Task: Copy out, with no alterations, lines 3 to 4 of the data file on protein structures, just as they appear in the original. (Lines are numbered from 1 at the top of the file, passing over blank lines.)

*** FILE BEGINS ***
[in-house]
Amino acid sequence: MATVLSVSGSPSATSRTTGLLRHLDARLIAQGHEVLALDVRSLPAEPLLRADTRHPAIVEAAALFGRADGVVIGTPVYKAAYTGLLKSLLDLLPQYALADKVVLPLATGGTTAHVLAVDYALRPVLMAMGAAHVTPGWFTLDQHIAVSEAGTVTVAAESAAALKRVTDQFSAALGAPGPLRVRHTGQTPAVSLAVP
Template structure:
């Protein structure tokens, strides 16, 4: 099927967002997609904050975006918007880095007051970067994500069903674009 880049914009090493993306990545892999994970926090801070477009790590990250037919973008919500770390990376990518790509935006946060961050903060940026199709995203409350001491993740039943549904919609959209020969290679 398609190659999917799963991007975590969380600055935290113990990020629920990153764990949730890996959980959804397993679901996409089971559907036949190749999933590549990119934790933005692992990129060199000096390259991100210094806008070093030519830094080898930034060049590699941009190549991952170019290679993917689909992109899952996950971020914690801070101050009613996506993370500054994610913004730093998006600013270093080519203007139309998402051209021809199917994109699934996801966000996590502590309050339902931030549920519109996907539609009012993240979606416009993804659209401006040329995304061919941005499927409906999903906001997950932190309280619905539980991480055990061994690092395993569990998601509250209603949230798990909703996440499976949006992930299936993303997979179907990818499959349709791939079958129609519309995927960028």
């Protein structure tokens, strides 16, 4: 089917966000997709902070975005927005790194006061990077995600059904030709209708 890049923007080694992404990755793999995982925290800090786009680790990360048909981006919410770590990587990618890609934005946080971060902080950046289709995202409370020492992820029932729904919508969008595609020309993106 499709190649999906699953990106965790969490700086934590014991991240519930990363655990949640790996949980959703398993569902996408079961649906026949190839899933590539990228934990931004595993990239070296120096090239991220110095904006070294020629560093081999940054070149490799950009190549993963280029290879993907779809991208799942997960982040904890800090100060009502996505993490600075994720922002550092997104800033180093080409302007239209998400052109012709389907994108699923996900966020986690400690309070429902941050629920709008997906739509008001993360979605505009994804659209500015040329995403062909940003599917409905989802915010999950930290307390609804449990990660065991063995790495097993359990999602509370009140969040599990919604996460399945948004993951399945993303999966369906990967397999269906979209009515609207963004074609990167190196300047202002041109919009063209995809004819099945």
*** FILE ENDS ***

Template structure:
């Protein structure tokens, strides 16, 4: 099927967002997609904050975006918007880095007051970067994500069903674009 880049914009090493993306990545892999994970926090801070477009790590990250037919973008919500770390990376990518790509935006946060961050903060940026199709995203409350001491993740039943549904919609959209020969290679 398609190659999917799963991007975590969380600055935290113990990020629920990153764990949730890996959980959804397993679901996409089971559907036949190749999933590549990119934790933005692992990129060199000096390259991100210094806008070093030519830094080898930034060049590699941009190549991952170019290679993917689909992109899952996950971020914690801070101050009613996506993370500054994610913004730093998006600013270093080519203007139309998402051209021809199917994109699934996801966000996590502590309050339902931030549920519109996907539609009012993240979606416009993804659209401006040329995304061919941005499927409906999903906001997950932190309280619905539980991480055990061994690092395993569990998601509250209603949230798990909703996440499976949006992930299936993303997979179907990818499959349709791939079958129609519309995927960028």